• CiviCRM is modular - consists of different components that can be turned on and off (outline the different components)
  • CiviCRM has a large and growing number of extensions that modify and extend its functionality
  • CiviCRM has around 2 new releases each year

 

The CiviCRM community (10)

Ask learners how they are getting support for their CiviCRM.  If the following examples don't come up, it is probably worth mentioning them.

  • working with outside consultants / agency for development and support
  • internal technical team who are supporting CiviCRM
  • using a turnkey CiviCRM provider for hosting
  • learning as you go and getting support on the forums

Show learners the CiviCRM website and StackExchange and encourage them to post questions online and make use of StackExchange.

Explain that CiviCRM is not like a lot of software that people might be used to, that you 'buy in a shop' - instead it is freely available to download.

Explain what open source means in the CiviCRM context.

  • Free to download, not free to write - lots of the code contributions (and other contributions like conferences, trainings, etc.) come from service providers who make the work freely available once written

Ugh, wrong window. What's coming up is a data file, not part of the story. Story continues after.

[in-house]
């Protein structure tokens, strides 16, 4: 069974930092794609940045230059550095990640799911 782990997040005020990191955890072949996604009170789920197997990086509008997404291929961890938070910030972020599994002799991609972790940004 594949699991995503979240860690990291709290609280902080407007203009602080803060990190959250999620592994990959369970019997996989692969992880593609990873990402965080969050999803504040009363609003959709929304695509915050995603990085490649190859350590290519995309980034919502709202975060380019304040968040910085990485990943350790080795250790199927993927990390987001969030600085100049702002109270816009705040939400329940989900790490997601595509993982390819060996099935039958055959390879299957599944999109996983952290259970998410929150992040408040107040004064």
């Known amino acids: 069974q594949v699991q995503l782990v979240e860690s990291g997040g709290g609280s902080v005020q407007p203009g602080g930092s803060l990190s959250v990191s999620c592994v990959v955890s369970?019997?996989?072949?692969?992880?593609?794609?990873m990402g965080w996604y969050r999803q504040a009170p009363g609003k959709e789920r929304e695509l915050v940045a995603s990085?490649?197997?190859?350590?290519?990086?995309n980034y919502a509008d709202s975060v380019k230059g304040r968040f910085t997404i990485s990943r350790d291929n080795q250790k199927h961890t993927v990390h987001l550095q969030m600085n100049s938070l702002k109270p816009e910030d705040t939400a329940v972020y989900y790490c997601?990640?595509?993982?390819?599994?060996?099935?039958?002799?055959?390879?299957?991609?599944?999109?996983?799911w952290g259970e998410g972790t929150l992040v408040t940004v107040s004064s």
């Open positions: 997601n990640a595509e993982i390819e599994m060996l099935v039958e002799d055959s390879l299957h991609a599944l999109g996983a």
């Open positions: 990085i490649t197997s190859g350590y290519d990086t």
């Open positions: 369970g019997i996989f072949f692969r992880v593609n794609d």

• Set up by people who saw an overlap between non profit aims and open source culture
  • a wide ecosystem of developers. co–ordinated but definitely not one company - choosing CiviCRM does not guarantee success in your project!
  • lots of people have full time paid jobs developing CiviCRM
  • lots of other day to day software is open source (firefox, android, Drupal, WordPress, etc.).

At this point it is also worthwhile mentioning any events that have been happening locally and any events that are coming up.

The user interface (5)

Point out the following parts of the user interface, and show them in action

LOG IN! <- this one is important. Log in and then show the relationship between a contact in CiviCRM and a user in Drupal.

  • Home page and dashboard
  • Quick search
  • Menu
  • Help bubbles (e.g. membership dashboard)
  • Messages
  • Search and actions (advanced search - search for student members)